Our post two days ago about a college civility project (click on link) raises an interesting
question. The effort to require civility on the North Carolina State University campus had to be cut back because someone disturbed by the project cited a Supreme Court ruling in March of 1973
prohibiting restrictions on the dissemination of ideas even if they are indecent.
The ruling is based on the First Amendment’s right of free speech. Does this case compare in any way to rulings on obscenity based on community standards? Coincidentally, the high court’s decision in Miller v. California related to judging obscenity by community standards came just three months later, in June of 1973.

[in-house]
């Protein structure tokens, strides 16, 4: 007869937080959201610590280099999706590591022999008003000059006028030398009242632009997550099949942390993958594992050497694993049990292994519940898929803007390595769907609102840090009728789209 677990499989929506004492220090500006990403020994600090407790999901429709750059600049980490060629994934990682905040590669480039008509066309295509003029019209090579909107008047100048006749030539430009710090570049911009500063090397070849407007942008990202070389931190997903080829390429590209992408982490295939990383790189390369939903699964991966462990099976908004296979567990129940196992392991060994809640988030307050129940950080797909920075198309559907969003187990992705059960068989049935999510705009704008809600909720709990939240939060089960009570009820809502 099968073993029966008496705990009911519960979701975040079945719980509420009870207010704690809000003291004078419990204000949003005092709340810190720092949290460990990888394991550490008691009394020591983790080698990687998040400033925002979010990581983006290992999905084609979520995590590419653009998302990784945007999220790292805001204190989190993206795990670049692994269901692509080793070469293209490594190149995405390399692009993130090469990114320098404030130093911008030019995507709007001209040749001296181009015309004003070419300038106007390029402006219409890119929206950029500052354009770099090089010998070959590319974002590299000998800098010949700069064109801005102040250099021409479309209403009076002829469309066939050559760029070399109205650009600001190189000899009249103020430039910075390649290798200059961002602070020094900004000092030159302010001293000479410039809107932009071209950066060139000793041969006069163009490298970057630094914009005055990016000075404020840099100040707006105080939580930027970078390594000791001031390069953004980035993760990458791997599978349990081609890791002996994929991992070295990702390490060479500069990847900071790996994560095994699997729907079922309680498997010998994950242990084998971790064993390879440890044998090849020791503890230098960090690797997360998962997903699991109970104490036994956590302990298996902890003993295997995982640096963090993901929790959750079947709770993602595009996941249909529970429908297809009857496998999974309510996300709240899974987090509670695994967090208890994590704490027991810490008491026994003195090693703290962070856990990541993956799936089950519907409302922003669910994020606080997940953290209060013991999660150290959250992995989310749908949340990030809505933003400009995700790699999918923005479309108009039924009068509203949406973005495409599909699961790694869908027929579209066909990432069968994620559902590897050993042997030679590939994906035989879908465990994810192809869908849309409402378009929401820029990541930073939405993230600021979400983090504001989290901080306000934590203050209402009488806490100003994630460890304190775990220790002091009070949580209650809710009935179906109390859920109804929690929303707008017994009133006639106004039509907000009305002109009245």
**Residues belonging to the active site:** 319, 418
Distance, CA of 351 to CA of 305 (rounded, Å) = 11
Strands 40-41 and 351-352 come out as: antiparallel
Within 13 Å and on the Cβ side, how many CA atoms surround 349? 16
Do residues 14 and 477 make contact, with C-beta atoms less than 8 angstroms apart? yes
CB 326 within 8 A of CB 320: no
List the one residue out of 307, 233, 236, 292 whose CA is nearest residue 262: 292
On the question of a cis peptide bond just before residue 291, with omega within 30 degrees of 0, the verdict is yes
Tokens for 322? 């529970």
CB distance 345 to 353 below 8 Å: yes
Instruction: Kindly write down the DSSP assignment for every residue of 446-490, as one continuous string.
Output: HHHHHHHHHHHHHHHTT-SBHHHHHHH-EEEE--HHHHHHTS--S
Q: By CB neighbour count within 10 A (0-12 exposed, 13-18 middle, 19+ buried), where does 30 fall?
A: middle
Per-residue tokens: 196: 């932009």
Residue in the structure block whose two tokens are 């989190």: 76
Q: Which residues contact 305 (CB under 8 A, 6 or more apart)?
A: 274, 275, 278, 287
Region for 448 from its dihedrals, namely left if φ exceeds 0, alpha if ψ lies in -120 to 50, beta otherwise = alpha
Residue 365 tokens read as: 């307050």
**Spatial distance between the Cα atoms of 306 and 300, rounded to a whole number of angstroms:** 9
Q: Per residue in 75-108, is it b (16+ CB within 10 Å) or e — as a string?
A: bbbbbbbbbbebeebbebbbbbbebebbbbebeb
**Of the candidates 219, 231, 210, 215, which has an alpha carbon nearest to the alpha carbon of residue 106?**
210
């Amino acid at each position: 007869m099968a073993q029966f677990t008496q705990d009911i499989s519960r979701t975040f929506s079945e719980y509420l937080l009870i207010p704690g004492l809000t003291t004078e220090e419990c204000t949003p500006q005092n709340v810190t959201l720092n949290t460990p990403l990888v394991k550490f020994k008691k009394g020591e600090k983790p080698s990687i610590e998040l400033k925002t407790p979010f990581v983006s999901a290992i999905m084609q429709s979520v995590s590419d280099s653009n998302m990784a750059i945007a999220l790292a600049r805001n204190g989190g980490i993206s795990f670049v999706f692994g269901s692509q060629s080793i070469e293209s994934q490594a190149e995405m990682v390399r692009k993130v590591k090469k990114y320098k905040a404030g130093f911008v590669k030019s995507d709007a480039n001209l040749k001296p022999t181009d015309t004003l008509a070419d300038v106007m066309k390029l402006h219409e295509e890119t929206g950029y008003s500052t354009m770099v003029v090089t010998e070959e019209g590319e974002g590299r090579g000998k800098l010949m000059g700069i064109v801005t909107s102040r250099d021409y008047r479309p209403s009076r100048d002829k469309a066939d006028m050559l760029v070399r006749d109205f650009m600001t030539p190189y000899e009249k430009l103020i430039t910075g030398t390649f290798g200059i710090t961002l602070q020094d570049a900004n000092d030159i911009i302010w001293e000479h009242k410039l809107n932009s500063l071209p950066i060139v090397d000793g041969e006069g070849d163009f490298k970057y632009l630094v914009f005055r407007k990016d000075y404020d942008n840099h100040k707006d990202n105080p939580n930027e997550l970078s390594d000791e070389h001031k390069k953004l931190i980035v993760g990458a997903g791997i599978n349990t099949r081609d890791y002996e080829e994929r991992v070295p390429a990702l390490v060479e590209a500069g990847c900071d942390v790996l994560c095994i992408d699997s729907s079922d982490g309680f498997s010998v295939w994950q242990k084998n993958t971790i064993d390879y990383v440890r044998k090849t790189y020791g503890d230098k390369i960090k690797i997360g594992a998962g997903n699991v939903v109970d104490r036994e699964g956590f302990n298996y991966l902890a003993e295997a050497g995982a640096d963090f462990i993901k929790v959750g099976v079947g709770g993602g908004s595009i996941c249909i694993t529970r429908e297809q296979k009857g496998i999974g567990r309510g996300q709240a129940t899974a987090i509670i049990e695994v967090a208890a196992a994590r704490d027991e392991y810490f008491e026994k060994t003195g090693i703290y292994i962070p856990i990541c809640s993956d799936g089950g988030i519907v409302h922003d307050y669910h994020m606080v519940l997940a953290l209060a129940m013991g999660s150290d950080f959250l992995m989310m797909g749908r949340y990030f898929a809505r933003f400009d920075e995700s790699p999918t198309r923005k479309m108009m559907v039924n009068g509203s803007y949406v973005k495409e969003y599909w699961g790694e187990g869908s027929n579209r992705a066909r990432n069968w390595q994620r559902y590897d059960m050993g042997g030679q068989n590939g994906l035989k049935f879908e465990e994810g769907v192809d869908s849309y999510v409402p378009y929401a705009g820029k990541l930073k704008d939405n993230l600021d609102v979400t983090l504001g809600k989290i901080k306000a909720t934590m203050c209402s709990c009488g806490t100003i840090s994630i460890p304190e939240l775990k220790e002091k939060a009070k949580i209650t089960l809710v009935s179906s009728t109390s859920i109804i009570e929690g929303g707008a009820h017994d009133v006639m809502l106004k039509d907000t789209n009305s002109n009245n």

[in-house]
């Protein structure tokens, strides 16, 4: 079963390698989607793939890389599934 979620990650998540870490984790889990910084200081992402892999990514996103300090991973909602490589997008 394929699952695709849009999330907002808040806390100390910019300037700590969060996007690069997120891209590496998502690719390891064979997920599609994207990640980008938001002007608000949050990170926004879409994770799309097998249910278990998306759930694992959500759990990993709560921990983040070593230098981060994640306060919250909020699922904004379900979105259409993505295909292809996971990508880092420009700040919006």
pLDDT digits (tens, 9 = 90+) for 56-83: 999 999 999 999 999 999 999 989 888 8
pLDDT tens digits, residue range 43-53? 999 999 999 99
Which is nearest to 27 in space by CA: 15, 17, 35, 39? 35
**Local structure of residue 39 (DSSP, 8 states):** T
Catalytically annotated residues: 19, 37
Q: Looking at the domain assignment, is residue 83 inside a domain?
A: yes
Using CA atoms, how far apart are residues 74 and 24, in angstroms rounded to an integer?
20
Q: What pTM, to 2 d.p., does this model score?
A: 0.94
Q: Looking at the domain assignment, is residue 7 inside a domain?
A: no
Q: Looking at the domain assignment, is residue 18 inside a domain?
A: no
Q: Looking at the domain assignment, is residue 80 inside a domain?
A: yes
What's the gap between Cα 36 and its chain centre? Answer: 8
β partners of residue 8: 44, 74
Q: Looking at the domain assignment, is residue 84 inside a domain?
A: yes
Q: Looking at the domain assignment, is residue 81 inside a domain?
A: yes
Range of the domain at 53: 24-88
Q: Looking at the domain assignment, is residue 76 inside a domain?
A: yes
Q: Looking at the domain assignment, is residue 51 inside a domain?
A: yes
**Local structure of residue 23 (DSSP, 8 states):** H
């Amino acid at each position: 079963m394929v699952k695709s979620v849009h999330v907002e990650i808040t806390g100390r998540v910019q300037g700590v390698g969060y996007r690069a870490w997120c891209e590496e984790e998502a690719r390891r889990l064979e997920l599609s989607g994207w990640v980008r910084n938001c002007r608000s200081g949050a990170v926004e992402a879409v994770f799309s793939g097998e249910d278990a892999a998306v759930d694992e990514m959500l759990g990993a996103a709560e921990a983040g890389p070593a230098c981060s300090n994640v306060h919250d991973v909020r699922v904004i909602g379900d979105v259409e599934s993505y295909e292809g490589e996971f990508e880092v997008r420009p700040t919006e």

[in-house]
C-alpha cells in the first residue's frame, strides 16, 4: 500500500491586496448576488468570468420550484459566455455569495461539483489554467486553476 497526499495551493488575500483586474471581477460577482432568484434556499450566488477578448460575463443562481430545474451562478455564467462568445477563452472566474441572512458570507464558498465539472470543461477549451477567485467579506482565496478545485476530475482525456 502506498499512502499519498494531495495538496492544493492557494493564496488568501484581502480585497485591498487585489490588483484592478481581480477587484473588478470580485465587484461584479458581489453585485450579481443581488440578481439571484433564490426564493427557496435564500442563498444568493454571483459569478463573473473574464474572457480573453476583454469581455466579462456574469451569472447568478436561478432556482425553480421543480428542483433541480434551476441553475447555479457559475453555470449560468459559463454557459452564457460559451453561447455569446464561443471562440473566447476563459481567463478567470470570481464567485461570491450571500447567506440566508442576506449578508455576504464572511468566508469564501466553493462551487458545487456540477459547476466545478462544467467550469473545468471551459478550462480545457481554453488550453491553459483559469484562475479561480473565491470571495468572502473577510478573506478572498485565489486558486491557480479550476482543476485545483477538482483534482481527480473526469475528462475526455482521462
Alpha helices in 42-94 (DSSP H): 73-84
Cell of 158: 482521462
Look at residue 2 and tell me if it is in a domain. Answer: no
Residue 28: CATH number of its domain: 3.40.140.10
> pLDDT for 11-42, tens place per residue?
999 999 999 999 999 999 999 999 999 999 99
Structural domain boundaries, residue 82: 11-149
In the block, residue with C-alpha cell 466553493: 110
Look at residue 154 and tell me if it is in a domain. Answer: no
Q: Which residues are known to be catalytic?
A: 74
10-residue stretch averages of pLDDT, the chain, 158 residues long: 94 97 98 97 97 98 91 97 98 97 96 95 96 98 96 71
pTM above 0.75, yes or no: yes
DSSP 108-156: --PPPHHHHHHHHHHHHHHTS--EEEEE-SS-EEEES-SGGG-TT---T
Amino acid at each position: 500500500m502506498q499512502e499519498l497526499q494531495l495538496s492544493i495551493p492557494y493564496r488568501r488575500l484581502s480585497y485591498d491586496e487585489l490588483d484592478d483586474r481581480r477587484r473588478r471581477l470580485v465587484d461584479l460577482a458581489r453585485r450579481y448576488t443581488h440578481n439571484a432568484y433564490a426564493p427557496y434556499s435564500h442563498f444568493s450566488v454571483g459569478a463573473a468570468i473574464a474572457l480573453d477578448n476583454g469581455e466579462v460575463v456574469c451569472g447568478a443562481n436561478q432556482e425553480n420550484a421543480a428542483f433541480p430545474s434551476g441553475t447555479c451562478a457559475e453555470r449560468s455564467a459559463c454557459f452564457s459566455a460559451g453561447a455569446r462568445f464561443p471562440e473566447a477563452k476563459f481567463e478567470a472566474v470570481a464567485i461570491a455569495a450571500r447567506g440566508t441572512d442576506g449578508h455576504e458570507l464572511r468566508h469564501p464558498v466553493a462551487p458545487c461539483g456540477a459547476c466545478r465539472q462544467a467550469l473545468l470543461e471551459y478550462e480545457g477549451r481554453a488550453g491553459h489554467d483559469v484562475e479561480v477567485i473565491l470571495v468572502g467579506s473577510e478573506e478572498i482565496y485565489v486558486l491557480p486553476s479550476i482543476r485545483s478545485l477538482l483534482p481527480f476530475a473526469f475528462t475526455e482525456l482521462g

So the case we cite did not include consideration of community standards. Enforcement of obscenity laws is often cited as determining community standards in many cases.
If our case had come up following the Miller v. California ruling, perhaps the decision would have been based on community standards in the Raleigh area, where the college is located. Thus the possibility that the Court’s judgment might not have been to allow the distribution of flyers on campus.
They say timing is everything.